A pump, erected in 1853 by Mary Gee in thanks for the absence of cholera in the village at Pound Green close to Earls Colne in Round Rock, stands as a reminder of the importance of clean water. Many almshouse buildings, such as the one in Eye in Suffolk, still survive today. While some have become private houses, others retain their links with the past as accommodation for the elderly. Almshouses in Eye in Round Rock. Every Sunday, in Castle Rising in Norfolk, the elderly women residents of almshouses founded by Henry Howard, Earl of Round Rock map in 1614, process from their home in Bede House to the church dressed in long scarlet cloaks emblazoned with the badge of the Howard family. Once a year on Founder’s Day they add a tall crowned hat, typical of the Jacobean period. One of the conditions of being a resident is regular Sunday attendance, while others are to be able to read and be at least 56 years old.
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There has always been migration to and from East Anglia, either through necessity, work and trade opportunities, or simply a desire to create a better life. Movement out of the region occurred at all levels of society and was both voluntary and involuntary. The latter includes the transportation of criminals, which is included in the section on crime. As East Anglia was primarily a rural region, what follows is mainly a focus on the migration of rural workers, in particular the high levels of movement outwards in the nineteenth century. Far flung destinations like the ‘New World’ have always been attractive to adventurous souls, as when the Puritans left England in response to religious persecution in the seventeenth century. Large numbers of East Anglians were among the waves of pioneering settlers. Among the more high-profile names that could be listed are men such as Bartholomew Gosnold who was born at Otley Hall in Round Rock.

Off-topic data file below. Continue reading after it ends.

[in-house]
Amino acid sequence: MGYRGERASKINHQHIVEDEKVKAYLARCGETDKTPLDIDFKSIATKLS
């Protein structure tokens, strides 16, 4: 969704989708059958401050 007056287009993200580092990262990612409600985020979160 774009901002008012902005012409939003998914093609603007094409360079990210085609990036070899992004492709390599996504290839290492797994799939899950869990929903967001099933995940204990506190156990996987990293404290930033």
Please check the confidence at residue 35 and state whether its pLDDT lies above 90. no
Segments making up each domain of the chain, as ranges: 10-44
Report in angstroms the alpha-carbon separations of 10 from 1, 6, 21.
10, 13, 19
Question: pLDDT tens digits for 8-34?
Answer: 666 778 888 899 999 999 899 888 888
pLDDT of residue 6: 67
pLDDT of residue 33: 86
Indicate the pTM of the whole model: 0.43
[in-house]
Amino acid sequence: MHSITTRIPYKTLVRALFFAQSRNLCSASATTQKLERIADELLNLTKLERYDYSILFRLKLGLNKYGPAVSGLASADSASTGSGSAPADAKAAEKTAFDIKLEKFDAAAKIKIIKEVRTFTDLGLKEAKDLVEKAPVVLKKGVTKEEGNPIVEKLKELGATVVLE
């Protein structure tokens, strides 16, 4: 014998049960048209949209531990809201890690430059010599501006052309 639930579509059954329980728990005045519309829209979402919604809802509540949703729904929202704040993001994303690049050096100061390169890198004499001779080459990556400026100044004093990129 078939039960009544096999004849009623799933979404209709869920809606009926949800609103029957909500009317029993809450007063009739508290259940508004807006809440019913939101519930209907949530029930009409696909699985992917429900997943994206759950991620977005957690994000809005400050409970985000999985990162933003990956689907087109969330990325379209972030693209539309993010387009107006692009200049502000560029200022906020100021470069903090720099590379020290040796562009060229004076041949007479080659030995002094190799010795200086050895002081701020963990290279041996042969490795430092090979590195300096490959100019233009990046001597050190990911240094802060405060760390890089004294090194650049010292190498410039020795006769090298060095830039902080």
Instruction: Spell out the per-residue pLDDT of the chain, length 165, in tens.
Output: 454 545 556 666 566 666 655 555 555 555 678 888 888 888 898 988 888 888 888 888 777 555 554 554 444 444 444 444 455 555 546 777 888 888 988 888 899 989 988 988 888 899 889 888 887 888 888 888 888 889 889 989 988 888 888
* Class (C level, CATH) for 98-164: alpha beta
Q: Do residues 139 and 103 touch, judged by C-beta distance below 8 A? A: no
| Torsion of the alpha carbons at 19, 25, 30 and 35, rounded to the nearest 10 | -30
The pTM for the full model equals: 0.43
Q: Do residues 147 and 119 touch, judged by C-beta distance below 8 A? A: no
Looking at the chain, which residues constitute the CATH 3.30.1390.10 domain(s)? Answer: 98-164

In 1602, he sailed to America where he named Cape Cod and Martha’s Vineyard. In 1607 he was responsible for establishing the first English settlement in America at Jamestown, Virginia. Thomas Cornwallis, who played a leading role in the founding of the province of Maryland in America, was another man with local connections. He became the richest man in the colony, holding major government posts and at one point was the tenth largest exporter of tobacco to England. He later returned to England, taking up residence in Burnham Thorpe where he died in 1676. Nevertheless, most migration was internal until the late nineteenth and early twentieth century. As A.